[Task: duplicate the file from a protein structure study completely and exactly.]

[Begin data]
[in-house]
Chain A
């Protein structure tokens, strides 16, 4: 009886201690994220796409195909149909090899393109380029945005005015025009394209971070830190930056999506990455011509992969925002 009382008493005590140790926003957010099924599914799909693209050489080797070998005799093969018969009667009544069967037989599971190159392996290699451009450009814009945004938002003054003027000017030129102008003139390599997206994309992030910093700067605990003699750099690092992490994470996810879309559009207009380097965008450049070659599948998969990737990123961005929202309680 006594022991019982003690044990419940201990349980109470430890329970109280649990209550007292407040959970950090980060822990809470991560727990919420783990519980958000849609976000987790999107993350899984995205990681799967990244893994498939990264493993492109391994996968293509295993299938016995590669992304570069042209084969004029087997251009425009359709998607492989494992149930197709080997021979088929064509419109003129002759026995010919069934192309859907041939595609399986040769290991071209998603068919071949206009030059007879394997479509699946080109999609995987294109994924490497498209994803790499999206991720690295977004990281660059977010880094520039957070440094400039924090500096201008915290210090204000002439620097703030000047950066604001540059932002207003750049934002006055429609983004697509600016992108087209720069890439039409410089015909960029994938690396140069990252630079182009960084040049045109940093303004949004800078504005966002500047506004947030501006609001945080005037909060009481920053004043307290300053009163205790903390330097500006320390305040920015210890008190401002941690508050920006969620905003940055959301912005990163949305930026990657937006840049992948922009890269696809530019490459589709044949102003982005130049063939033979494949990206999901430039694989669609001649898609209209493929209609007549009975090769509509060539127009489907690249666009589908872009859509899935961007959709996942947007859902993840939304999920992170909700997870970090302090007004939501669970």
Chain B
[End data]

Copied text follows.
[in-house]
Chain A
């Protein structure tokens, strides 16, 4: 009886201690994220796409195909149909090899393109380029945005005015025009394209971070830190930056999506990455011509992969925002 009382008493005590140790926003957010099924599914799909693209050489080797070998005799093969018969009667009544069967037989599971190159392996290699451009450009814009945004938002003054003027000017030129102008003139390599997206994309992030910093700067605990003699750099690092992490994470996810879309559009207009380097965008450049070659599948998969990737990123961005929202309680 006594022991019982003690044990419940201990349980109470430890329970109280649990209550007292407040959970950090980060822990809470991560727990919420783990519980958000849609976000987790999107993350899984995205990681799967990244893994498939990264493993492109391994996968293509295993299938016995590669992304570069042209084969004029087997251009425009359709998607492989494992149930197709080997021979088929064509419109003129002759026995010919069934192309859907041939595609399986040769290991071209998603068919071949206009030059007879394997479509699946080109999609995987294109994924490497498209994803790499999206991720690295977004990281660059977010880094520039957070440094400039924090500096201008915290210090204000002439620097703030000047950066604001540059932002207003750049934002006055429609983004697509600016992108087209720069890439039409410089015909960029994938690396140069990252630079182009960084040049045109940093303004949004800078504005966002500047506004947030501006609001945080005037909060009481920053004043307290300053009163205790903390330097500006320390305040920015210890008190401002941690508050920006969620905003940055959301912005990163949305930026990657937006840049992948922009890269696809530019490459589709044949102003982005130049063939033979494949990206999901430039694989669609001649898609209209493929209609007549009975090769509509060539127009489907690249666009589908872009859509899935961007959709996942947007859902993840939304999920992170909700997870970090302090007004939501669970």
Chain B